In Slovyansk, residents feel divided loyalties to Ukraine and Russia


Nina Starushenko, 72, clears debris outside her apartment building in the eastern Ukrainian city of Slovyansk on June 13. The building was damaged in a Russian strike on May 31. (Heidi Levine for The Washington Post)
Nina Starushenko, 72, clears debris outside her apartment building in the eastern Ukrainian city of Slovyansk on June 13. The building was damaged in a Russian strike on May 31. (Heidi Levine for The Washington Post)

SLOVYANSK, Ukraine — Elena Valentivna stood in a pile of debris, surveying what remained of her elderly relative’s modest living room.

Hours earlier, Russian artillery fire had struck this apartment building, blowing Inna Fjodorovna into pieces in her armchair while she watched TV.

Now the TV was upside down. The window was gone. Blood pooled on the floor.

Valentivna sorted through the 78-year-old woman’s belongings to find a photo to place on her grave, stepping carefully over shattered glass, bits of bone and a neatly folded pair of bloodied plastic glasses.

“We are nothing to nobody,” she said.

Only nine residents of this largely destroyed 120-unit apartment block have stayed behind since it was struck by Russian forces on May 31, in an attack neighbors said was probably targeting Ukrainian troops sleeping in the school next door, which was also hit.

Most civilians have fled as Russian forces close in on this strategic town in eastern Ukraine. Many feared artillery strikes on their homes and the kind of brutal occupation the Russians have imposed in other places.

But this smashed apartment building illustrates the complicated choices faced by people in a place with deep historical, cultural and family bonds to both Ukraine and Russia. Those who left ran in opposite directions: some south or east toward Russian-held separatist territories, others west toward safer areas of Ukraine.

Those who remain feel the same magnetic pushes and pulls.

Some stand proudly with Ukraine and are disgusted by Russia’s false propaganda that Moscow is “liberating” Ukraine from a tyrannical Nazi government.

Others feel the pull of history and sympathize with Russia. Despite all the misery and death caused by Russian forces in nearly four months of war, including in their own apartment building, they still feel more connected to Russia than to the government in the faraway Ukrainian capital, Kyiv.

Some are simply too poor or traumatized to leave. They described themselves as “beyond fear,” even as Russian forces made steady gains toward Slovyansk, in a grinding artillery war designed to take control of cities and towns by destroying them.

The competing loyalties hang heavy in the air here, as Valentivna acknowledged amid the wreckage of the deadly blast.

Born in Russia in the early 1960s, she moved to Ukraine in 1974 and found work as a teacher. She said she is loyal to an independent Ukraine; her son is fighting in his army on the front lines.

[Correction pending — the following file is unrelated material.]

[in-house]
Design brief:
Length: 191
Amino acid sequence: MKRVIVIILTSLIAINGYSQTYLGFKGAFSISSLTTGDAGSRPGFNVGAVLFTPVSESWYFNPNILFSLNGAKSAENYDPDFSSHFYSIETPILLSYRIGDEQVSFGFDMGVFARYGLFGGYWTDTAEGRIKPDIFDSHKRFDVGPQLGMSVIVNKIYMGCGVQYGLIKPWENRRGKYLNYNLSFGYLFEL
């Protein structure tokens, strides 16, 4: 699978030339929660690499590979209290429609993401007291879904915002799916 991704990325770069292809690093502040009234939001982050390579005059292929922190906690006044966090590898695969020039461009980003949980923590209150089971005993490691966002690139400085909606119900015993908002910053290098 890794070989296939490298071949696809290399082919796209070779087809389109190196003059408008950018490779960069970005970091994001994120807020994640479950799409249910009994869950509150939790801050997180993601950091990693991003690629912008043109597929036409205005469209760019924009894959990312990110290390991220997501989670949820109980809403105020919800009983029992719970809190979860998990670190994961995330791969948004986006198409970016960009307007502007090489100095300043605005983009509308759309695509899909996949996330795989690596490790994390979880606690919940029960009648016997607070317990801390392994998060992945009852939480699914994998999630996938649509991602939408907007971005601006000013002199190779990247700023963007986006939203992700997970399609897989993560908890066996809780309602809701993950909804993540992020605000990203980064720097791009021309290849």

“This is my home region, but my heart has a place in Russia. Can anyone understand that?” she said. “I feel bad for those boys and these boys.”

In the hallway, a young Ukrainian soldier in military fatigues was repairing a neighbor’s door. He overheard Valentine and burst into the apartment in a rage.

“Do you feel sorry for them?” he shouted. “The ‘kids’ you’re talking about came here to kill us! Who are you feeling sorry for?”

“I am Russian, look at me!” she yelled.

“Well, thank God you don’t have a gun,” he yelled back.

It was all too much. The blood, the glass, the death—the fear of what might come next. Now a stranger was shouting at her for what she felt she couldn’t control.

“Don’t cower in civilian houses so they murder us! Go to the field and fight!” she screamed at him.

She rummaged in her purse for a sedative, then swallowed it. “I’m Russian, but I’m for Ukraine,” she said quietly, then leaned against the wall and put her hand over her face.

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Two weeks later, debris was piled into heaps outside the building. Tangles of electrical wires hung from the walls.

Olena Voytenko and Nina Starushenko, who live across the hall from each other, were sick of the mess.

They put on their gardening gloves and got to work — shoveling the remains of their neighbors’ apartments onto a white bedsheet, then dragging them away from the building.

Voytenko, 59, looked up at the sprawling cement apartment block, pointing at windows of the less fortunate: the old woman who died after being pulled from the rubble; the man who burned alive on the fifth floor; another whose blood still stains the floors and walls.

Cleaning up, she said, is how the living are coping.

Starushenko climbed the stairs. Most apartments sat abandoned, some with their doors open, others boarded up. She pointed at Apt. 73, where three young soldiers had slept the night of the strike, renting the space to take a break from the fighting. One was killed and his blood still coated the wooden floor.